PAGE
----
Eotech XPS 3 Holographic Sight
The Eotech XPS 3 is the newest version of their line of holographic sights. It features improved battery life over the previous generation optic. This is your best choice by far if you want a large viewing window, and rapid target acquisition. For this reason alone, it’s one of the most used optics with SWAT teams and special operations forces.
This optic runs off of a 123 battery and features a dot with a 68 MOA ring around it. This large ring can aid your eye in quickly acquiring a good sight picture. Because this sight is so compact, it allows you to mount it on smaller AR15 pistols, and short-barreled rifles, without taking up an undue amount of rail space. For recreational shooters this doesn’t matter, but pro’s know that there’s only so much room for sights, lights, and lasers.
The biggest downside to all Eotech red dot optics, is their heavy battery usage. They don’t have a long battery life (1000 hours) compared to other offerings you’ll see further on. However, if that’s less of a concern to you, then this might just be the ticket.
Trijicon Credo 1-6×24 Scope
The Trijicon Credo 1-6×24 scope is a newer offering. It might be the best optic for your money, when considering duty grade or better choices. It features adjustable magnification between 1-6x. Moreover, it has an illuminated reticle, which is a great help in low light conditions. You can get different reticle patterns to fit your personal preferences too. Some folks like MOA and some prefer MRAD.
This scope can be purchased in first or second focal plane versions, depending on your use case, and preferences. It also has a bullet drop compensating reticle which is calibrated for 55 grain 5.56 bullets. The only flaw with this scope is you will have to purchase your own mount separately. These kind sof optics are great for law enforcement purposes, where you need to clearly see what you’re shooting at.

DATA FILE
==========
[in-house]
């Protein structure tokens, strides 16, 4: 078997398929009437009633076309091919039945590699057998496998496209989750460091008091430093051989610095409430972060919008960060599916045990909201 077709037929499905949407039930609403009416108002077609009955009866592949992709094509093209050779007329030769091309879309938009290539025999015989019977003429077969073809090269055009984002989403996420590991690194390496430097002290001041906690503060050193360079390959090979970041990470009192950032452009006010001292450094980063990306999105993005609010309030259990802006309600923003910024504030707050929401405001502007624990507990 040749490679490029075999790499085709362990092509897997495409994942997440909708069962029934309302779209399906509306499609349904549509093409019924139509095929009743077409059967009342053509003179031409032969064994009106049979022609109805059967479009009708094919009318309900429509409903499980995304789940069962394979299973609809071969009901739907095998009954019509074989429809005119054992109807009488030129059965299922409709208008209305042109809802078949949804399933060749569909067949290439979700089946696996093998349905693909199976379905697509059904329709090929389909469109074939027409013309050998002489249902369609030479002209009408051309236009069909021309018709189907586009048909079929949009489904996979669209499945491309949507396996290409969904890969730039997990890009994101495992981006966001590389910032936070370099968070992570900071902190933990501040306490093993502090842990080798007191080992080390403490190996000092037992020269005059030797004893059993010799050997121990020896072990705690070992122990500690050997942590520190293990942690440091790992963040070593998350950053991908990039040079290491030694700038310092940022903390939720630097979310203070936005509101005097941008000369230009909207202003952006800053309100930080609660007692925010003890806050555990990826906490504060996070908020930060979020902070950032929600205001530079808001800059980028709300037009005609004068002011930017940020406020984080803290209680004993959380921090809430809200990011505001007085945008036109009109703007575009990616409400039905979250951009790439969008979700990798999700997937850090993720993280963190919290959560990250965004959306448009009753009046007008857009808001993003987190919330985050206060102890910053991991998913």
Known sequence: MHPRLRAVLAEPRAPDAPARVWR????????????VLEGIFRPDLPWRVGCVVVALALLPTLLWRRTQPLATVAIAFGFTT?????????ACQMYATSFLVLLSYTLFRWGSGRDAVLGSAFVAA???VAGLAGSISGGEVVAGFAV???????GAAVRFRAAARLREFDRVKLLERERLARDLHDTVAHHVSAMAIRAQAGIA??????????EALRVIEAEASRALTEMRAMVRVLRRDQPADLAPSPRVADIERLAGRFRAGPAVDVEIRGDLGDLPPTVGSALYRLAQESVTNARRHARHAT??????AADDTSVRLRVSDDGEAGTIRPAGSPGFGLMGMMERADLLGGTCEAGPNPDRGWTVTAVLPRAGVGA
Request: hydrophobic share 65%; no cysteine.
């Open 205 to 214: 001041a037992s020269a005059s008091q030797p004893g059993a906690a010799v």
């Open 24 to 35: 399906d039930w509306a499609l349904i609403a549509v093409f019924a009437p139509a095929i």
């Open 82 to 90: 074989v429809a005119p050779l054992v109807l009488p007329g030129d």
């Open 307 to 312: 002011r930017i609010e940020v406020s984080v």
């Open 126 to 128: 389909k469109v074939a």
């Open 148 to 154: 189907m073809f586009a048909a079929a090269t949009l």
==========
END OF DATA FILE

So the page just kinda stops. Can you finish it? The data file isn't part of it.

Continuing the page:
As of this writing, you can pick this optic up for less than $800, which means you’ll be in the low $900’s with a quality mount. Next we’ll move into the high end optics.
High End Optics and Red Dots
These are the highest quality sighting systems that are currently available on the market. If you need something that a Navy SEAL wouldn’t mind carrying, then these are the options for you. They will be the most durable and sport features such as night vision compatibility, enhanced battery life, as well as a few other nice to have features.
Aimpoint Comp M5 Reflex Sight
The Aimpoint Comp M5 is the top of the line red dot sight. When your talking about $900 plus red dot optics, you should be asking yourself what doesn’t it come with? This optic features 50,000 hours of continuous use. That’s over 5 years! It also includes a mount and protective lens caps.
It’s submersible to 150 feet under water, and tips the scales at an incredible 5.2 ounces (optic only). If you have a smaller firearm, this is an ideal optic for you. It also makes a lot of sense if you plan on running a flip over red dot magnifier, like this one from Aimpoint.
Eotech Vudu 1-10×28 Variable Magnification Optic
The Eotech Vudu 1-10×28 is the optic if you need one solution to shoot from close quarters distances out to 1,000 yards. As you might expect, it can be used on low power, but it really shines at high magnification. This magnified scope has numerous variants from first focal plane, to second focal plane, MRAD and MOA reticles. Be warned, this version comes in right around $1700 without a mount. It might just lower your credit score!
If you’re a serious shooter, or someone that regularly needs to shoot in lower light conditions, then this is the optic for you. Compared to the other variable magnification scopes I’ve mentioned above, it has a larger objective lens. If you read my article about picking the best budget binoculars, you’ll remember that larger objective lenses allow in more light, transmitting a better image to your eye.
This is not an optic for the weight conscious. It comes in at 21.3 ounces without a mount. Even though this isn’t light weight, you can bet that it’s going to be sturdy as hell. If you really like this optic and don’t want to pay this much, Eotech does offer 1-6x and 1-8x variants at a lower price point. Feel free to check those out.
Some of you might have noticed that there are some manufacturers that are represented several times in this article. This is because I have personal experience with their products, and have faith that they will perform well. This isn’t to say that other manufacturers won’t do well. I’m currently testing a promising optic from Holosun that I’m very excited about. You’ll see more about that in coming weeks.
My best advice is to try and avoid the marketing hype and focus on the questions that we spoke about above. The only super high end optics that I use have been provided on my duty guns, as all of my personal guns feature mid range options.
To be honest, for my use case, there is no difference between the best of the best, and pretty darn good. I don’t plan on sky diving into my next rifle match, so I don’t need to spend an extra $1,000 dollars for something that can survive that.
If you have any comments or questions then put them below and I’ll get you an answer. Now get out there and get shooting!